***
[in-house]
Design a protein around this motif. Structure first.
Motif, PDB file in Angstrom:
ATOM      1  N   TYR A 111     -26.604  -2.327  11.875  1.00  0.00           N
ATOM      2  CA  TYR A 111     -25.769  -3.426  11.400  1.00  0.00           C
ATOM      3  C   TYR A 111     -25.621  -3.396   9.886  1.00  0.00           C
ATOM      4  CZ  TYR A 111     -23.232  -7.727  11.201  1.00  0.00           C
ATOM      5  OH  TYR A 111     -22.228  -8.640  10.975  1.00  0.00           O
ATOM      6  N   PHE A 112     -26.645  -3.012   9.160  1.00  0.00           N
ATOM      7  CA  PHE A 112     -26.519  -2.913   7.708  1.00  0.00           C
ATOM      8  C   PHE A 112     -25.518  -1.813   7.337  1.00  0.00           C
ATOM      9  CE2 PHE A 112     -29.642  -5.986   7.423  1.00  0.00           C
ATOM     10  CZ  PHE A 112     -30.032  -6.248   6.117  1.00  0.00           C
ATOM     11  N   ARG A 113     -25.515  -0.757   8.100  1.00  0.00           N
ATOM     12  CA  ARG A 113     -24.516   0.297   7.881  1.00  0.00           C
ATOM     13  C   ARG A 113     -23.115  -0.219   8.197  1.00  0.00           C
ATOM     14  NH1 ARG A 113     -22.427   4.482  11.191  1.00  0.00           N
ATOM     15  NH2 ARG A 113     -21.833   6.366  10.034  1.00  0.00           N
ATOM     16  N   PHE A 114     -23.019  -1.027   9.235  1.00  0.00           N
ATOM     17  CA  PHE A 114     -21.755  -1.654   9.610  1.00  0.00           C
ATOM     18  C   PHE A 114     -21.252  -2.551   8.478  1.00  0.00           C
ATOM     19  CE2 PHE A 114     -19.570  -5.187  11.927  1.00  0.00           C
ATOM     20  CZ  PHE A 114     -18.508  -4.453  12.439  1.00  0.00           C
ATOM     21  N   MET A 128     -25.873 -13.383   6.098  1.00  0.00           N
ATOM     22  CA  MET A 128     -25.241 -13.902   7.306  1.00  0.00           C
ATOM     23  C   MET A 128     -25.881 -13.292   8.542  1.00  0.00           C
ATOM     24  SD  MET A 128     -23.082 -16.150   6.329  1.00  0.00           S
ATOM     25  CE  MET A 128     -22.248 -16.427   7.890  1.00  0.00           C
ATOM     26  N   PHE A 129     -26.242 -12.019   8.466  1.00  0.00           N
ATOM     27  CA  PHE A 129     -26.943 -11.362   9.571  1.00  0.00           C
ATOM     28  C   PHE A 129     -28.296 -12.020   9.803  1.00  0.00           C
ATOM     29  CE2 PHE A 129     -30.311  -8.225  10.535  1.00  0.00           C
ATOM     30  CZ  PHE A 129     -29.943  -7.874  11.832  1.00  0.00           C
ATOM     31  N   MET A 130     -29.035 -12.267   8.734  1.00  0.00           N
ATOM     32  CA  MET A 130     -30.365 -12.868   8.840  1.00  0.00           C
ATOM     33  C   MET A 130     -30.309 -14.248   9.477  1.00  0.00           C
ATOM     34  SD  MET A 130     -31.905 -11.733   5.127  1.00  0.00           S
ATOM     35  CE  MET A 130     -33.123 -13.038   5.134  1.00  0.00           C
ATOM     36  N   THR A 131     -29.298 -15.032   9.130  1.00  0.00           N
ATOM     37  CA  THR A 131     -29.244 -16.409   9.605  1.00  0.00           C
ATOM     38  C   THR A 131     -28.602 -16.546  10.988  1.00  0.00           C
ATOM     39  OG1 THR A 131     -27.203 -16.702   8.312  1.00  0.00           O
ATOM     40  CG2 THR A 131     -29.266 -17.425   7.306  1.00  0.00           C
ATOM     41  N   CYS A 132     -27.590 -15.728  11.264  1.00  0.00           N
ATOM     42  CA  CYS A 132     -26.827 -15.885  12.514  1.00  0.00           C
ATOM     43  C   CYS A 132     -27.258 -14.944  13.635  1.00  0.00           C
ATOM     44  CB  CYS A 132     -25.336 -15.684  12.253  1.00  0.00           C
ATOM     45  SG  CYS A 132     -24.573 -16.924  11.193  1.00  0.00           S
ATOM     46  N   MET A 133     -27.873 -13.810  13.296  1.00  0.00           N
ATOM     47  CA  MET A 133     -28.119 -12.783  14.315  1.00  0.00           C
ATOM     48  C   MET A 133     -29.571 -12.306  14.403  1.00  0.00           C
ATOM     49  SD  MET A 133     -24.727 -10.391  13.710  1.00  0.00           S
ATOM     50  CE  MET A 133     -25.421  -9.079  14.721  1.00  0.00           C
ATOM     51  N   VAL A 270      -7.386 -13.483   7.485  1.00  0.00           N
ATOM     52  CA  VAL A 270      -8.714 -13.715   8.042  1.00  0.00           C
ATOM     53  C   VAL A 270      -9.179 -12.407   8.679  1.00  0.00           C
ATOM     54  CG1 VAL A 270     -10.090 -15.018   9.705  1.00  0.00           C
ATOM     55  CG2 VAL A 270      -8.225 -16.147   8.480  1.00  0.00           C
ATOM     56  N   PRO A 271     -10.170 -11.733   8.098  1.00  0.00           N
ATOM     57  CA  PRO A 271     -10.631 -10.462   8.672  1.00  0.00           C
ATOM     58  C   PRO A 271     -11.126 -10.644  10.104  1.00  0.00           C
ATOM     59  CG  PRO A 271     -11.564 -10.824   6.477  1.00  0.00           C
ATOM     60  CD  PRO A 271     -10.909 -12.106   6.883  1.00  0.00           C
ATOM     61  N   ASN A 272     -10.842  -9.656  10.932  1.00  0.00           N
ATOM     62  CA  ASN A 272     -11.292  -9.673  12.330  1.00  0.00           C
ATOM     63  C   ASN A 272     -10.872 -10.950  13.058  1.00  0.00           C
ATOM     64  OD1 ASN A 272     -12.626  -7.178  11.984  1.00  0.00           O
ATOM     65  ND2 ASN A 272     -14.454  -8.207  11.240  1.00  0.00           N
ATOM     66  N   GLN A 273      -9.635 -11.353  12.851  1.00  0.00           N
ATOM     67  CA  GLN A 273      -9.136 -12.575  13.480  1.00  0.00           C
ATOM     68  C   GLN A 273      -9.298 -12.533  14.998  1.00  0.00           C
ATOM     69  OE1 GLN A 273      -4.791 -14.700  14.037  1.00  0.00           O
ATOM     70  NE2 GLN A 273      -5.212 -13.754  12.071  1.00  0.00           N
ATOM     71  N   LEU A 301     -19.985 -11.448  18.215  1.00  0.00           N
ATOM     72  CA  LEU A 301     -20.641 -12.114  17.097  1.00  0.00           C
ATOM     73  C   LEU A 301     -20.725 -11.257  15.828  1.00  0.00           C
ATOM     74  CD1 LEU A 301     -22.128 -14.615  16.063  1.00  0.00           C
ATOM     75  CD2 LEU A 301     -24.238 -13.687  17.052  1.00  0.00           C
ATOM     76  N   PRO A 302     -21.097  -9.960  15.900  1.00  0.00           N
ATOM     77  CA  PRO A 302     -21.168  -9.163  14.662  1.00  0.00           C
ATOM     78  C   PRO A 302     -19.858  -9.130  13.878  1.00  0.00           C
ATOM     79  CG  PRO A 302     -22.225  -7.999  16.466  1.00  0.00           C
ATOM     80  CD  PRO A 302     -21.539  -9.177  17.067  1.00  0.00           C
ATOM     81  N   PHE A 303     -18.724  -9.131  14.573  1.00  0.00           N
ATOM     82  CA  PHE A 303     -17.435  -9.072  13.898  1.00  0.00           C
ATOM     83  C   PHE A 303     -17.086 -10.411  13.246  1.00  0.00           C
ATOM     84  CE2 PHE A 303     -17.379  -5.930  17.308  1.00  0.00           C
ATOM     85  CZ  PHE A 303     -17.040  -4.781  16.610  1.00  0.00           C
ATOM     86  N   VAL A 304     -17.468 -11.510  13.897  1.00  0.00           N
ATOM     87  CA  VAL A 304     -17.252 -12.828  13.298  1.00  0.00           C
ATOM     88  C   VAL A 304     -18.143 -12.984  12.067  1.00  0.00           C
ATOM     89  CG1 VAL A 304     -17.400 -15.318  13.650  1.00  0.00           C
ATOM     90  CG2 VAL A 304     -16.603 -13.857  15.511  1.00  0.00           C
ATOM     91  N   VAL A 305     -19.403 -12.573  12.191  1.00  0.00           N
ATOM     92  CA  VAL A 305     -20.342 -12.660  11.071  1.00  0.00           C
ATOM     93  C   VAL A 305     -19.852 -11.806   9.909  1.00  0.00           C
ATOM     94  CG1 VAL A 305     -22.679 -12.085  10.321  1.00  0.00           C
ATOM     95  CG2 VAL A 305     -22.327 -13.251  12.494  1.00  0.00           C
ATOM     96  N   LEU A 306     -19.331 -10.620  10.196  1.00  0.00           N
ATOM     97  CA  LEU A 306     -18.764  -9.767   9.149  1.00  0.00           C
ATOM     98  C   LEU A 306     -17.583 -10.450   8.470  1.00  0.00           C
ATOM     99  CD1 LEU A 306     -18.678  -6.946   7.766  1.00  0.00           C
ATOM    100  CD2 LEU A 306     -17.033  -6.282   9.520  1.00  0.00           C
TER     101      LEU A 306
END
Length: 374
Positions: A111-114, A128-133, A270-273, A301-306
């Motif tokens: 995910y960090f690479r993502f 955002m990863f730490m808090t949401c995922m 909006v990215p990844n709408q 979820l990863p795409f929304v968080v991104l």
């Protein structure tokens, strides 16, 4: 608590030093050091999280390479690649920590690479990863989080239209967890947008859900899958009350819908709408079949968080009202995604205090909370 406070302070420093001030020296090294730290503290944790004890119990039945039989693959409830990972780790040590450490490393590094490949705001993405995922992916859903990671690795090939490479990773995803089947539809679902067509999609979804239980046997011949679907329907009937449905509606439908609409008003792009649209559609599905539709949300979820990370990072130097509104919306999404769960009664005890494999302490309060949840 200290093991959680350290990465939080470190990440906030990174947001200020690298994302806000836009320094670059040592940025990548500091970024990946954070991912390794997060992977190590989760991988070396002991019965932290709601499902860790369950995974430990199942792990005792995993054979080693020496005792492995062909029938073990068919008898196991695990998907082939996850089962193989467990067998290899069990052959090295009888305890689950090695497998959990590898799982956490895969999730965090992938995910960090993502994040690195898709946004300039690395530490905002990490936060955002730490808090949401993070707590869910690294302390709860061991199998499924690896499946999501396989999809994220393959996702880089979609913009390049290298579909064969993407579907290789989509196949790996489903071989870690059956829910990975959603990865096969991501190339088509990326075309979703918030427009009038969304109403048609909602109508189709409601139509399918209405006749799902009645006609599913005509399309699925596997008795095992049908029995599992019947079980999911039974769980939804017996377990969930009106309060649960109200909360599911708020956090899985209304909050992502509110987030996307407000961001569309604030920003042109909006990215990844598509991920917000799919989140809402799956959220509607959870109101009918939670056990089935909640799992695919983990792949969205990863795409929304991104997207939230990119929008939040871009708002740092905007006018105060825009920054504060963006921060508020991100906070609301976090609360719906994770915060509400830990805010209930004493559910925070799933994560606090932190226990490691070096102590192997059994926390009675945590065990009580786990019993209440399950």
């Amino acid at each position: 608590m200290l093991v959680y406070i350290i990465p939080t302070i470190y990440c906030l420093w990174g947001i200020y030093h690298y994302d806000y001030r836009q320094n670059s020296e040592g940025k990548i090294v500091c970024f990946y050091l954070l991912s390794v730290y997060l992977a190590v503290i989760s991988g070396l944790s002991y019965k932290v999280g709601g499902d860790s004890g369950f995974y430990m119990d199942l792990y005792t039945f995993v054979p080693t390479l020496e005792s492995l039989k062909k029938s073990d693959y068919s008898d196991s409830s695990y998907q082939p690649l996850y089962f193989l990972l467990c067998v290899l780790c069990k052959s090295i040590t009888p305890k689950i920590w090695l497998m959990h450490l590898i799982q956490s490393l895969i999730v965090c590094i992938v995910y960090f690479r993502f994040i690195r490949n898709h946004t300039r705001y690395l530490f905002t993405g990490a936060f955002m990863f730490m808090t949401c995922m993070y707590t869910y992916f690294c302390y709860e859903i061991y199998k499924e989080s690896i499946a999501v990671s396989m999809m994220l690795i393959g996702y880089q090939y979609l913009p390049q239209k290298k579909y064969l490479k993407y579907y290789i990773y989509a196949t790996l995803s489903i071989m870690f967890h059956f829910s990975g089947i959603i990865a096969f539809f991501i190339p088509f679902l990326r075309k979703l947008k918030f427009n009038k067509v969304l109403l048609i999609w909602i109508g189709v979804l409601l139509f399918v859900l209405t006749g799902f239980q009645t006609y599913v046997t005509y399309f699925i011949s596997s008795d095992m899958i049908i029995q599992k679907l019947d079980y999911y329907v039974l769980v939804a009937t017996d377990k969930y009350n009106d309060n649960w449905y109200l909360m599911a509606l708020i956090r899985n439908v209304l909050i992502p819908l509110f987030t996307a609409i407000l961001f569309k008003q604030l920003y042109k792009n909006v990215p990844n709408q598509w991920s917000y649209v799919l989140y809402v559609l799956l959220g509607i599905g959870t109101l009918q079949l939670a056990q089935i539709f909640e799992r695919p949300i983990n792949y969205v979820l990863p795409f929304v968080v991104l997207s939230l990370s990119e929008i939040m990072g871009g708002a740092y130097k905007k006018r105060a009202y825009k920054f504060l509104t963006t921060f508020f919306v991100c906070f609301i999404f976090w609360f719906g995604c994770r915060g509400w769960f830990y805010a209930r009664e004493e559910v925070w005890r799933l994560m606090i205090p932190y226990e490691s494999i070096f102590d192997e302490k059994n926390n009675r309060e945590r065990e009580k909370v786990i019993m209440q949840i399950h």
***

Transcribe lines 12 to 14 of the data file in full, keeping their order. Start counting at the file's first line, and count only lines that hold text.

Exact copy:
ATOM      9  CE2 PHE A 112     -29.642  -5.986   7.423  1.00  0.00           C
ATOM     10  CZ  PHE A 112     -30.032  -6.248   6.117  1.00  0.00           C
ATOM     11  N   ARG A 113     -25.515  -0.757   8.100  1.00  0.00           N